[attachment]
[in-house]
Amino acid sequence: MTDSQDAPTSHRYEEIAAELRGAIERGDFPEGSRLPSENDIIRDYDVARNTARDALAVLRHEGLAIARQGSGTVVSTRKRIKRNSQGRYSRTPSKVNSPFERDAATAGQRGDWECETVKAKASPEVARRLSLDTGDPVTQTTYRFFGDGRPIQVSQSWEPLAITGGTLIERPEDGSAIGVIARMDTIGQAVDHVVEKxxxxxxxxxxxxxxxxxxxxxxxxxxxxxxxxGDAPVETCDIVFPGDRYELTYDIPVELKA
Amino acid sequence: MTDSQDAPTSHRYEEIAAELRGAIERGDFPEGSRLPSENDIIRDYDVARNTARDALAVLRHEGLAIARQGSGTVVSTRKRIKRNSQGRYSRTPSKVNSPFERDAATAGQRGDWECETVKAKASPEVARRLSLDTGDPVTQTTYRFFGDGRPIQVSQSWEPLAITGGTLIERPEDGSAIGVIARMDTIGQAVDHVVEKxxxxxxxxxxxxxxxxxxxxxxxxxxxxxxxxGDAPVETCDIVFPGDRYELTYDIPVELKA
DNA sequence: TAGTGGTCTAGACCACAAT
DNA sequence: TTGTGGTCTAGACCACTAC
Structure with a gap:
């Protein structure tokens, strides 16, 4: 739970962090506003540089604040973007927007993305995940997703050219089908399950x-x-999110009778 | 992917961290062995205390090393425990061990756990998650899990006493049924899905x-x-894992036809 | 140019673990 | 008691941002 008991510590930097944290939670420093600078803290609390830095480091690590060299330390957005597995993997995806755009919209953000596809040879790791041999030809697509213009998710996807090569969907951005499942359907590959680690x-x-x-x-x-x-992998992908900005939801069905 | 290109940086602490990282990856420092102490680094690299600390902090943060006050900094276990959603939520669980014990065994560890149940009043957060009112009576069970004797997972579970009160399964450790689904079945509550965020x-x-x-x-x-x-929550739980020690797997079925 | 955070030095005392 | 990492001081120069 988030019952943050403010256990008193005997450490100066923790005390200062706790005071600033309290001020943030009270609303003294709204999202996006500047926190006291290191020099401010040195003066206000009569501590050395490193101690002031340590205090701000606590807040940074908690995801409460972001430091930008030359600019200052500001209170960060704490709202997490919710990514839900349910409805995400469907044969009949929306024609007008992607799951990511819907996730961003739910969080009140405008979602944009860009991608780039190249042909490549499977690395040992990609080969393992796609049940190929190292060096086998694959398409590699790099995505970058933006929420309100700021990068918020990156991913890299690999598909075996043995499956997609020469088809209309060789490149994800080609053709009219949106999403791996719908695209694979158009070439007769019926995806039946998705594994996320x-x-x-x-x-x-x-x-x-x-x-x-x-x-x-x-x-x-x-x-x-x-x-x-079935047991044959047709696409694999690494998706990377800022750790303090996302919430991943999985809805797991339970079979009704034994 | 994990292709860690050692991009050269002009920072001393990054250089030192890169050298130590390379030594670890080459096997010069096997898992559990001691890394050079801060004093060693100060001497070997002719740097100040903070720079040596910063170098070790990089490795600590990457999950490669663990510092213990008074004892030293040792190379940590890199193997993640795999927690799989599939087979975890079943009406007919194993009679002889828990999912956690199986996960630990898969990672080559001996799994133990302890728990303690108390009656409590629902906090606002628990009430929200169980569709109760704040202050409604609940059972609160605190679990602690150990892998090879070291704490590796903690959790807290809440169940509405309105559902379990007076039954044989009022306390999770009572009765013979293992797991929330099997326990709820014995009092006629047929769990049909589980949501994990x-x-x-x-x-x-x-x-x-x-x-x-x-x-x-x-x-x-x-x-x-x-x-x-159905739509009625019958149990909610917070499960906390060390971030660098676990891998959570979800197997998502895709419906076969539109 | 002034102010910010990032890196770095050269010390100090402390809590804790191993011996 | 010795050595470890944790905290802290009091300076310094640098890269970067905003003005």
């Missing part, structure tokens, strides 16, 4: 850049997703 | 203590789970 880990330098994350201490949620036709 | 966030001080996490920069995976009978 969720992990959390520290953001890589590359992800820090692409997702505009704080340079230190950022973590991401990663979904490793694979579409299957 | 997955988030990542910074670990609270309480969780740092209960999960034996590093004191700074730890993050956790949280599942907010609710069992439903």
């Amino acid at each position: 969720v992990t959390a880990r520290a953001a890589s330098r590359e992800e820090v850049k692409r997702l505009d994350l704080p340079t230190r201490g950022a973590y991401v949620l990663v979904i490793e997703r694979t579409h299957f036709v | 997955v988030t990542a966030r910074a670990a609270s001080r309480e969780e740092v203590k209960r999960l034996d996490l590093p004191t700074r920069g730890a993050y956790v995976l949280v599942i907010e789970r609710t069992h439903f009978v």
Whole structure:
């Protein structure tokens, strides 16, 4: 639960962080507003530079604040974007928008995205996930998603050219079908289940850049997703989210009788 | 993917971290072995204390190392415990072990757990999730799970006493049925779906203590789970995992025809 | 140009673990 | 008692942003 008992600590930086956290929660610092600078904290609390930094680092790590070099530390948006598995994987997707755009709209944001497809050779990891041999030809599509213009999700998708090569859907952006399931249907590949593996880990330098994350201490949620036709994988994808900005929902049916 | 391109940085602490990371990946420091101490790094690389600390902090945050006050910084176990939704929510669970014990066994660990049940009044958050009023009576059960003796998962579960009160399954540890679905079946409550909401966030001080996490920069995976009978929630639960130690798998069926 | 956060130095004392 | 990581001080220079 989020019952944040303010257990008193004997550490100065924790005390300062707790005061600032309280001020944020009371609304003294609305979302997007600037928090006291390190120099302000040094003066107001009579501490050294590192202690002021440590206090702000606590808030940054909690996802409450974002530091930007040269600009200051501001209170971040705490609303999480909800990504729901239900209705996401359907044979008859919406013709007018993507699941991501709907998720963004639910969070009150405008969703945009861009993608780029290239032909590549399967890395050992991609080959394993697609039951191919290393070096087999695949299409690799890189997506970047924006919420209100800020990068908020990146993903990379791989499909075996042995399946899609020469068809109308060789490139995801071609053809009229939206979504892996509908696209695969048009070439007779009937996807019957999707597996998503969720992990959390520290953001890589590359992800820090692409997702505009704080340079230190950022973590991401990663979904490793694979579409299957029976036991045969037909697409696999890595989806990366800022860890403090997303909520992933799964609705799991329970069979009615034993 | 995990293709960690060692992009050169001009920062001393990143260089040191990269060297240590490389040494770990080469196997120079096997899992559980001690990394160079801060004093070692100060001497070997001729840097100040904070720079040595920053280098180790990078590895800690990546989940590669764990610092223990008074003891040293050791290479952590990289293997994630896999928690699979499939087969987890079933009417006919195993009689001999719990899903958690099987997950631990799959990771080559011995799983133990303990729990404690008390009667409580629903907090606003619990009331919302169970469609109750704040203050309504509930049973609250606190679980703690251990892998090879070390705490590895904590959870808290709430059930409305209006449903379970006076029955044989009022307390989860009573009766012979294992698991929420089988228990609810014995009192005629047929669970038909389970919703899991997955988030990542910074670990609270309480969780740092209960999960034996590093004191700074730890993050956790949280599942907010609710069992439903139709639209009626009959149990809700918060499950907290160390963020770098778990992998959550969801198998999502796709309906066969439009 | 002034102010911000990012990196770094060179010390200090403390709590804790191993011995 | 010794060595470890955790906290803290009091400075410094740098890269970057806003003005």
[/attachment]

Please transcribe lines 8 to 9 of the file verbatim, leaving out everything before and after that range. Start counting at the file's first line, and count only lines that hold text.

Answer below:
């Missing part, structure tokens, strides 16, 4: 850049997703 | 203590789970 880990330098994350201490949620036709 | 966030001080996490920069995976009978 969720992990959390520290953001890589590359992800820090692409997702505009704080340079230190950022973590991401990663979904490793694979579409299957 | 997955988030990542910074670990609270309480969780740092209960999960034996590093004191700074730890993050956790949280599942907010609710069992439903």
């Amino acid at each position: 969720v992990t959390a880990r520290a953001a890589s330098r590359e992800e820090v850049k692409r997702l505009d994350l704080p340079t230190r201490g950022a973590y991401v949620l990663v979904i490793e997703r694979t579409h299957f036709v | 997955v988030t990542a966030r910074a670990a609270s001080r309480e969780e740092v203590k209960r999960l034996d996490l590093p004191t700074r920069g730890a993050y956790v995976l949280v599942i907010e789970r609710t069992h439903f009978v």